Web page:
Via Insty, saw this response to the OnStar scandal. It seems quite wise. Do you read and understand every bit of each “Terms and Conditions” agreement before clicking “yes” and moving on? For all I know I’ve granted dozens of tech companies the right to harvest my organs at their whimsy.
The writer’s proposed solution to the general problem is equally smart. A very impressive article.
I read that earlier but just left a comment: Hilarious and possibly true, Mr. Wilson. While Watt below may have a point in California, I don’t do much that makes me nervous about OnStar tracking my vehicles. To calm Mom relative my Dad’s 2001 Yukon w/400K+ miles, I gave them my SRX. Keeping track of Dad is going to take up a lot of server space at OnStar HQ. More power to them. I trust GM a hell of a lot more than I do this administration. Anyone interested in cars knows that they’ve been carrying black boxes for years, in any event.
Now, if there comes a day that the government actually DOES track my speed, that’s a whole other bucket of worms. I equate my right to speed with gun ownership although I’ve been unable to find an amendment to back me up.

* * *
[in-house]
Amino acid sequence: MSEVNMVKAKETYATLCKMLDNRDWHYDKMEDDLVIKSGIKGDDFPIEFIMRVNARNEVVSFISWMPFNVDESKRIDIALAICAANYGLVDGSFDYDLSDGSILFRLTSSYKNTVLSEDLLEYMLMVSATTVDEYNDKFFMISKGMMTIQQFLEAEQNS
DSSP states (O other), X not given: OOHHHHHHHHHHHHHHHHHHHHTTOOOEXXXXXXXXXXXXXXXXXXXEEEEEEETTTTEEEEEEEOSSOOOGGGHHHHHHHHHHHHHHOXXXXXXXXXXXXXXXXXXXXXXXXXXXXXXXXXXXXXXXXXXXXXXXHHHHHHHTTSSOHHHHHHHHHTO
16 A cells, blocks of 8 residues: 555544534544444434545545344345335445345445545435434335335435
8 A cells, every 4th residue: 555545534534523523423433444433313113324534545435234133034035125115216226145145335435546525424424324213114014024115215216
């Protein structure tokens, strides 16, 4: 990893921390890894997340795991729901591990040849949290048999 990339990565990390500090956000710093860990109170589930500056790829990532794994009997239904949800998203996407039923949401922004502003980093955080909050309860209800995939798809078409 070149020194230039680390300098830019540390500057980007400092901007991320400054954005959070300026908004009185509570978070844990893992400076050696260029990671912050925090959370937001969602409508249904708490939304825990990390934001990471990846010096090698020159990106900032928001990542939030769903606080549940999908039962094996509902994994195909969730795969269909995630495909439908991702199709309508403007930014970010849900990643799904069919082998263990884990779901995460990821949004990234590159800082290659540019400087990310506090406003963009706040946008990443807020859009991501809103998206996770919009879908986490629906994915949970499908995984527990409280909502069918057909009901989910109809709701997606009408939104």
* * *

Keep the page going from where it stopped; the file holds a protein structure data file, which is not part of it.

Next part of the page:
Good points, but it’s always a slippery slope, in business as well as government. If you don’t actively oppose liberties being taken with you, they will be taken from you.
Oooh, that’s catchy. I think. Will have to remember that one.
It’s really easy if we extend the Bill of Rights to electronic interactions!
Nice! Add that the (hopefully) upcoming Constitutional Convention.
I’m not sure I like the idea of a Convention right now, seems like asking for trouble.
The amazing part about the Bill of Rights is that there is no reason it doesn’t cover digital issues, it can be logically extended by the courts at will without over-reach.